Are You Too Big to Fly?

As a well-known film director can attest, the seating rules for larger-size airline passengers have changed.

February 18, 2010

Airplane seating regs don't leave room for some passengers.

RODALE NEWS, EMMAUS, PA—You may've heard about the turbulence last week after film director Kevin Smith (Clerks, Chasing Amy, and the upcoming Cop Out) was removed from a Southwest Airline flight for being too large to fit in a seat. The resulting hullabaloo—Smith lambasted Southwest on his Twitter page—has called some attention to the issue of oversized-passenger policies. Turns out that several airlines have recently clarified their seating rules. (Even though the food they serve isn't helping anyone slim down.)


THE DETAILS: Smith had actually booked two adjacent seats on a later flight, but found a seat on an earlier flight once he arrived at the airport. Only one seat was available on the flight, but Smith decided to chance it. After being seated, Smith was told that, in accordance with airline seating policy, he was deemed too big to fit properly in the seat.

Southwest later apologized to Smith for the inconvenience and embarrassment, and gave him a $100 voucher for a future flight. But meanwhile, Smith had begun sounding off about the incident. A heated debate ensued across the Internet between supporters and those who felt that such seating policies—which airlines say are based on legitimate safety concerns—needed to be enforced.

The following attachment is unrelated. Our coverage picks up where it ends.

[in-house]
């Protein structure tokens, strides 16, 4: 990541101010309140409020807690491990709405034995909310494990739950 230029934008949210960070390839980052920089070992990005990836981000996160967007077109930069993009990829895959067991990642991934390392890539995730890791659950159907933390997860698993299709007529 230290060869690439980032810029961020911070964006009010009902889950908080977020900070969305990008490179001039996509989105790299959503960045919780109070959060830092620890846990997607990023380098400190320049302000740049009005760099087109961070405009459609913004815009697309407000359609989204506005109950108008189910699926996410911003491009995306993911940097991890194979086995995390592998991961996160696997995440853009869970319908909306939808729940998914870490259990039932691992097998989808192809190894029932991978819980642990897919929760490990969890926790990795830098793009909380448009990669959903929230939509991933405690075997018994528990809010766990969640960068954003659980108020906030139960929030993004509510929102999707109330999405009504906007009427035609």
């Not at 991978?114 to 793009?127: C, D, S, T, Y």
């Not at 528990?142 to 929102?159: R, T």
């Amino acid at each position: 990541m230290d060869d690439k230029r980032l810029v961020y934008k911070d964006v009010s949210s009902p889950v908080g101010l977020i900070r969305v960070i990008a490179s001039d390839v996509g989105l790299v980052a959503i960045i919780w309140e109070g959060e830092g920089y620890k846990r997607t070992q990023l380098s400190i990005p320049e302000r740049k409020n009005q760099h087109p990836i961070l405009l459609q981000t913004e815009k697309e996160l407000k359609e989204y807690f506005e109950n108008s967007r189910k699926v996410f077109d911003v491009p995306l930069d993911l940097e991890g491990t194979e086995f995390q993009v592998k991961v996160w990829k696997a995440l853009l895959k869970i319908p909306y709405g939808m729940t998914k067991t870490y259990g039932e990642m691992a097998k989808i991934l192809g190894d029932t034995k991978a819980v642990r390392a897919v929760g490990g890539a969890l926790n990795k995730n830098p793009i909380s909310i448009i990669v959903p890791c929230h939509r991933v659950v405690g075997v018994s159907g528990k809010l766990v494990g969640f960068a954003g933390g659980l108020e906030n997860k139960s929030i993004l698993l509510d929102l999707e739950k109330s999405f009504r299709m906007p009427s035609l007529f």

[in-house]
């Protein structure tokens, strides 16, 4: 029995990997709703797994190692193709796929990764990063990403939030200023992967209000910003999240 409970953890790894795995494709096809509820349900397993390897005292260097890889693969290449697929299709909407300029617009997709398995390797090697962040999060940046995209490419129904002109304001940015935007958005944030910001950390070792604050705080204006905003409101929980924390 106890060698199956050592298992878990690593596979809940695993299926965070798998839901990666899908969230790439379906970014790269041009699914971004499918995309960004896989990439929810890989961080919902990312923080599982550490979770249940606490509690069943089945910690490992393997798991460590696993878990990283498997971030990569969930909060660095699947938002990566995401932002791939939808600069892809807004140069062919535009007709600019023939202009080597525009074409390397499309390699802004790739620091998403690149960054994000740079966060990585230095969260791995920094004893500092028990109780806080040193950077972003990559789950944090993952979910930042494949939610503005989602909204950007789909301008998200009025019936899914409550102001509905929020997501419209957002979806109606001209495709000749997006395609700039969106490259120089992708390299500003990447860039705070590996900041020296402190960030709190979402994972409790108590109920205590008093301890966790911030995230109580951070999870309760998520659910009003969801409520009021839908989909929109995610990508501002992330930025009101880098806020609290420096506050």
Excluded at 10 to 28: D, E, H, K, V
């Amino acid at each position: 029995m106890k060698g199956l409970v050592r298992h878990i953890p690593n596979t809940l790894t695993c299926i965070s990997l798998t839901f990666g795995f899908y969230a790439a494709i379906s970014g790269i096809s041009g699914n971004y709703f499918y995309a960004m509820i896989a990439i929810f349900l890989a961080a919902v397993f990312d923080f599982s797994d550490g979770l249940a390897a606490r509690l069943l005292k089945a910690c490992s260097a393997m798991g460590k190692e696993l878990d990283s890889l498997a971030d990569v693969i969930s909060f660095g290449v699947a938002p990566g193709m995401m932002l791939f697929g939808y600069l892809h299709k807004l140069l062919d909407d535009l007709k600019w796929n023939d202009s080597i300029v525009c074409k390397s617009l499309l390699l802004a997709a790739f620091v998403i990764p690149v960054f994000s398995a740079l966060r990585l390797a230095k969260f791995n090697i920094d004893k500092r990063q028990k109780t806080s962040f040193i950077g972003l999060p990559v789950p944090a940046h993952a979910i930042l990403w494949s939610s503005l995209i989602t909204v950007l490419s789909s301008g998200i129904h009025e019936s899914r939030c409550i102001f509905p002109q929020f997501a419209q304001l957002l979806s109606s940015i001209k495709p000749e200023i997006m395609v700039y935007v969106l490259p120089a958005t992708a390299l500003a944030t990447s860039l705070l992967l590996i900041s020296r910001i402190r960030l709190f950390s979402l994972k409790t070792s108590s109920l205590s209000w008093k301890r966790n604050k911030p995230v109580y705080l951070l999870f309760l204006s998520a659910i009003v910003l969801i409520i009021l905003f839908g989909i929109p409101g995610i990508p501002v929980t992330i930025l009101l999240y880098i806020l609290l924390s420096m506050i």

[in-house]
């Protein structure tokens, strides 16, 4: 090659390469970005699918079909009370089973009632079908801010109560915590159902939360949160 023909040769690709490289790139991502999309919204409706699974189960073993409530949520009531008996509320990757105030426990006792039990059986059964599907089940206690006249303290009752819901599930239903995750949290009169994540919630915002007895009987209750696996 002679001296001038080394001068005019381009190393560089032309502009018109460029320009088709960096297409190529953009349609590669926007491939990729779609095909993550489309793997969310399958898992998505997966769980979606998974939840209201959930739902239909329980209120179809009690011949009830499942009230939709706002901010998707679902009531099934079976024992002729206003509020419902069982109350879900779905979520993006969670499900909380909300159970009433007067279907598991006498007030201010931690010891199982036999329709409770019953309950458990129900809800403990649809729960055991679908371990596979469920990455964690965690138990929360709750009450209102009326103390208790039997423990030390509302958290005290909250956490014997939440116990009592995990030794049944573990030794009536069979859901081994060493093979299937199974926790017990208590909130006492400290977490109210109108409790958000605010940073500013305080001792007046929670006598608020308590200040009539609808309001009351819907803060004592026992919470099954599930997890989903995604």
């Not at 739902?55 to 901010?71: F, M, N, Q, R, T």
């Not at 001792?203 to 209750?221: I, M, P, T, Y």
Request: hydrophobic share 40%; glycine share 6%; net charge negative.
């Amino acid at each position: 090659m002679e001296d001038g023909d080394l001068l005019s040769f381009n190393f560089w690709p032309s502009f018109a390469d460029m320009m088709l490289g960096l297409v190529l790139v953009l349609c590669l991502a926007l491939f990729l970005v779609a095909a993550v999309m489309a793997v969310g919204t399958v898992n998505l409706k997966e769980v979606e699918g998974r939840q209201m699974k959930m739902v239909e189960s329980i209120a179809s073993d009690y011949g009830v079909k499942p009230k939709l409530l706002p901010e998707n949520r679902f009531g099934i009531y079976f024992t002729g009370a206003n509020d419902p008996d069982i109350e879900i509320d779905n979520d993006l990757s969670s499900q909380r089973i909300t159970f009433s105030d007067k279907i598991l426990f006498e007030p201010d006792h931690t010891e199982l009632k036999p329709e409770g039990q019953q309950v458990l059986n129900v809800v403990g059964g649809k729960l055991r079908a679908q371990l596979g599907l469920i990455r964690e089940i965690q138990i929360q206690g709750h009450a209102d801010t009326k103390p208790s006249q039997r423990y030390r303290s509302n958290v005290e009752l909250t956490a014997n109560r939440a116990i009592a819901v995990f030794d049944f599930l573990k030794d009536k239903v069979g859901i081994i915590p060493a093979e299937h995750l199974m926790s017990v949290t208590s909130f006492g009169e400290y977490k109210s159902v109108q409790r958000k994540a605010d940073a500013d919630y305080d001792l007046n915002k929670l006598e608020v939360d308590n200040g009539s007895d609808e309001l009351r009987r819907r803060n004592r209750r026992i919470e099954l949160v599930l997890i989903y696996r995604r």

Read on to see how airlines determine who needs an extra seat.

WHAT IT MEANS: Most U.S.-based airlines now have a policy in place regarding large-size passengers, and you can normally find it on an airline's website under "travel information" or "special assistance." Your best bet to ensure you don't find yourself in a situation similar to Smith's is to be aware of the methods most airlines use to determine who can use a single seat:

• You must be able to attach the seat belt, though you can can use one seat belt extension if necessary (airlines normally have these on the plane)

• You must be able to sit with armrest(s) down for the entire flight if necessary

• You must not significantly encroach on adjacent seat space

Passengers who can't comply with any of these three criteria are required to buy a second seat, unless there are two open seats adjacent to each other on the plane.

If you or someone you'll be traveling with is plus-size, here are the numbers to keep in mind:

• The average armrest-to-armrest seat width in Economy class is 17 inches. In the new Boeing 777s it is 18 inches. Seats are wider in Business and First Class.

• The standard seat belt length is 47 inches. Extensions are 25 inches, for a total available seat belt length of 72 inches.

While there's no way to appeal the decision should the airline declare that you need a second seat, you can complain afterward if you feel you've been treated unfairly. Contact the airline's customer service department; you can also complain to the aviation consumer protection division and enforcement office of the U.S. Department of Transportation through the agency's website,, or at 202-366-2220.

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